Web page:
I’m a barrister (QC) specialising in planning law in London. I’m a former chairman of the Planning and Environment Bar Association, and in addition to my barrister’s practice I sit part time as a judge, in the High Court and Crown Court. After I left school in 1976, I read law at Oxford University, and then came to the Bar. I live with my partner Eric in west London. We think the capital is a great place to live because it offers such a rich choice of activities. We enjoy the opera at Holland Park, walking through Hyde Park, and visiting the museums. And at weekends, I have a singing lesson. My teacher is making a career in opera, and he tries valiantly to get me singing his latest arias. I have a niece, nephew, two great-nieces (small and fierce!) and several god children.
What is your connection to Bolton School? Were any other members of your family here?
I was at Bolton School for ten years up to 1976, beginning at Park Road. Both my parents attended the school, as well as my brother and my uncle, cousin and god mother. My parents were from poor backgrounds, but both won rare Foundation scholarships which paid their fees. My brother and I also had free education through the Direct Grant system, which did much to ensure that everyone could attend schools such as Bolton School, regardless of wealth. The ending of Direct Grants by the government in the late 1970s was a major mistake.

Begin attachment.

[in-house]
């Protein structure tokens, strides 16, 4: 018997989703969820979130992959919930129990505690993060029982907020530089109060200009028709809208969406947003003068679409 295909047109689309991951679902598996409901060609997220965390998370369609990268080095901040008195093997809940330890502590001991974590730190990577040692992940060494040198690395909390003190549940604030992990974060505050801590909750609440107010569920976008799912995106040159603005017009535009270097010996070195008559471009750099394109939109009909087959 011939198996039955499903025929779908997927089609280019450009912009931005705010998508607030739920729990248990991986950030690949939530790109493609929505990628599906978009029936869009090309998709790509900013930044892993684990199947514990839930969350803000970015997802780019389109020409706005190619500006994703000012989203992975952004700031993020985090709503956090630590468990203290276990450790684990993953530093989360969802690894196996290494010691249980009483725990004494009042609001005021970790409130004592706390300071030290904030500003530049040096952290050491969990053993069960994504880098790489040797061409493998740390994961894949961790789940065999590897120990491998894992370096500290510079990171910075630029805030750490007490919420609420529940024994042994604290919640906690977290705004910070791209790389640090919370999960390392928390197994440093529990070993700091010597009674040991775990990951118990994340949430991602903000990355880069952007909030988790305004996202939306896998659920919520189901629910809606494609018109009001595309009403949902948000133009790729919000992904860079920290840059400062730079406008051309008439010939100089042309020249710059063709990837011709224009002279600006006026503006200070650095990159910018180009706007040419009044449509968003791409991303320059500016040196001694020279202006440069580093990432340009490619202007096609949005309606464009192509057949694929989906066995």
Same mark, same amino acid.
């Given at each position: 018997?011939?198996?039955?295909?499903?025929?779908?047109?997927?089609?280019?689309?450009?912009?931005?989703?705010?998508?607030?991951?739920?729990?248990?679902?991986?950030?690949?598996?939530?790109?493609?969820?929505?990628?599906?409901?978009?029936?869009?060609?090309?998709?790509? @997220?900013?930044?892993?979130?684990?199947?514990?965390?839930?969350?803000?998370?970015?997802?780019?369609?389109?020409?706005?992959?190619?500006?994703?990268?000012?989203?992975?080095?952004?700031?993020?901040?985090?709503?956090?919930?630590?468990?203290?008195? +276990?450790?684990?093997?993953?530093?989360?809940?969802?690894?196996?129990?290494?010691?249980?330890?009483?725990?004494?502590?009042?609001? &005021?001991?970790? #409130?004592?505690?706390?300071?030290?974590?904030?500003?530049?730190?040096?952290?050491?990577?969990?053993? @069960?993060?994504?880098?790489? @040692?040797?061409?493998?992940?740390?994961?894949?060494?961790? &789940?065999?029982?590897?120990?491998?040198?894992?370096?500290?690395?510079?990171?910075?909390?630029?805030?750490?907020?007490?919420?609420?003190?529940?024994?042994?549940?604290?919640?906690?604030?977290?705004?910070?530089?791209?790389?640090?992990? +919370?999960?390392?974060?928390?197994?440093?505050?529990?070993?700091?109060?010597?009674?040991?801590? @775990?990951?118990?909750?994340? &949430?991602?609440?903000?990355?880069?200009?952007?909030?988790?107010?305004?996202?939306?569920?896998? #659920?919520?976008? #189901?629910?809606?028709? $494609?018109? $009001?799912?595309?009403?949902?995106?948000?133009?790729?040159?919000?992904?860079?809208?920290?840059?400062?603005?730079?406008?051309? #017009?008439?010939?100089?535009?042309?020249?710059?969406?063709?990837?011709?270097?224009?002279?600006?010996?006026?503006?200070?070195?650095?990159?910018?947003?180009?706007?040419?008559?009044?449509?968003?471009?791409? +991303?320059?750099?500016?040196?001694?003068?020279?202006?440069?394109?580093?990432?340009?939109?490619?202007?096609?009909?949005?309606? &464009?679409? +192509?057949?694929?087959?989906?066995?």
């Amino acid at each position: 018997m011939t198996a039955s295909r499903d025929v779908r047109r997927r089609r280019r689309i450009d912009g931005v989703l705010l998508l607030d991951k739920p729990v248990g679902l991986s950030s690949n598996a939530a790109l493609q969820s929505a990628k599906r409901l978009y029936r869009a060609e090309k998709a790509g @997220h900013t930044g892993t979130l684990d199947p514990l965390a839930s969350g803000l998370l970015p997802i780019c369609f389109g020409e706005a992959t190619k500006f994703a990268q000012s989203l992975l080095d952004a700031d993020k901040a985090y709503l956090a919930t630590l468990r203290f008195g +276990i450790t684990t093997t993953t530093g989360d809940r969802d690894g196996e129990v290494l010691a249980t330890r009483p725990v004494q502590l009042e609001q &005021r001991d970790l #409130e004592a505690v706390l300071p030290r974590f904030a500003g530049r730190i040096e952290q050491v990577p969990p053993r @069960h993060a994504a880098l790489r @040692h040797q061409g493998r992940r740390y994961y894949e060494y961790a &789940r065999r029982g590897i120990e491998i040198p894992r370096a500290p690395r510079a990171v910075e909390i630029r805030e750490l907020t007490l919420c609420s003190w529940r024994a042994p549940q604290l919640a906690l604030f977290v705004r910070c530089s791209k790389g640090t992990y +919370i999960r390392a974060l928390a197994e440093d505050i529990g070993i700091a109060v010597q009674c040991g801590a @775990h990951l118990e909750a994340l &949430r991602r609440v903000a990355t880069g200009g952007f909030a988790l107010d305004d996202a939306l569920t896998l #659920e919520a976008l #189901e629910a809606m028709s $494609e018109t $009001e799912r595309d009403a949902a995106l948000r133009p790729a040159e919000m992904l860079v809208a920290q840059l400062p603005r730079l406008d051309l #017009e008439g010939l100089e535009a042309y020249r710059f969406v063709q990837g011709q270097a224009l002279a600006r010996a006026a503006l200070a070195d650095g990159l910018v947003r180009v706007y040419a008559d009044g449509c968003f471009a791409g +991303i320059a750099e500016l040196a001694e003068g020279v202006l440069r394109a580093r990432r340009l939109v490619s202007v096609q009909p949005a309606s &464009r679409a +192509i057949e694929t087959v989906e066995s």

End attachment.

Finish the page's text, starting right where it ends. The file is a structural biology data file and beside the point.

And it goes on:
What is your fondest Bolton School memory?
My fondest Bolton School memories are of acting and singing in the plays and operas, and the school choir. I enjoyed performing, which is one of the reasons I became a barrister. Oh, and I loved school dinners, which taught me to be a happy omnivore. In my last year, I shared a dining table with the Headmaster, David Baggley, and Ernie Ryder, the School Captain (and now a Court of Appeal judge). The three of us were given the same food as a standard table of eleven, and the Head and Ernie weren’t big eaters. Sometimes I had a whole syrup sponge all to myself.
Did any member of teaching staff particularly inspire you while you were at school?
Two of my favourite teachers were Alan Mitchell, who taught me Latin, and Charles Winder, who taught English. They were both clever, but even more importantly, each had an open nature, plenty of imagination, and lots of humour. Alan Mitchell could seem pretty stern until you heard his imitation of Neddie Seagoon.
What do you feel your experience at Bolton School has given to you personally?
Bolton School helped teach me to think, as well as providing me with people to like and admire. One of the best pieces of advice given to me at school was that you should always try to solve a problem by going back to first principles and primary sources of information.
What is the best career advice you can give to Bolton School pupils today?
Find what you’re good at and work at it. Nearly all successful people are highly disciplined and focused. But don’t be put off at school if others seem cleverer than you. There are all sorts of talent, and academic prowess is not the only one. You probably have gifts that the swots don’t.
What do you think about Bolton School’s 100 Campaign aim to re-establish genuine open access through its bursary fund?
I support the aim of the School’s 100 Campaign, which is to provide open access through its bursary fund. But I think in the long term we will have to go even further. The present school system creates and perpetuates damaging divisions within our society, and if we don’t find ways of ensuring all young people have access to good education, we will be in real trouble.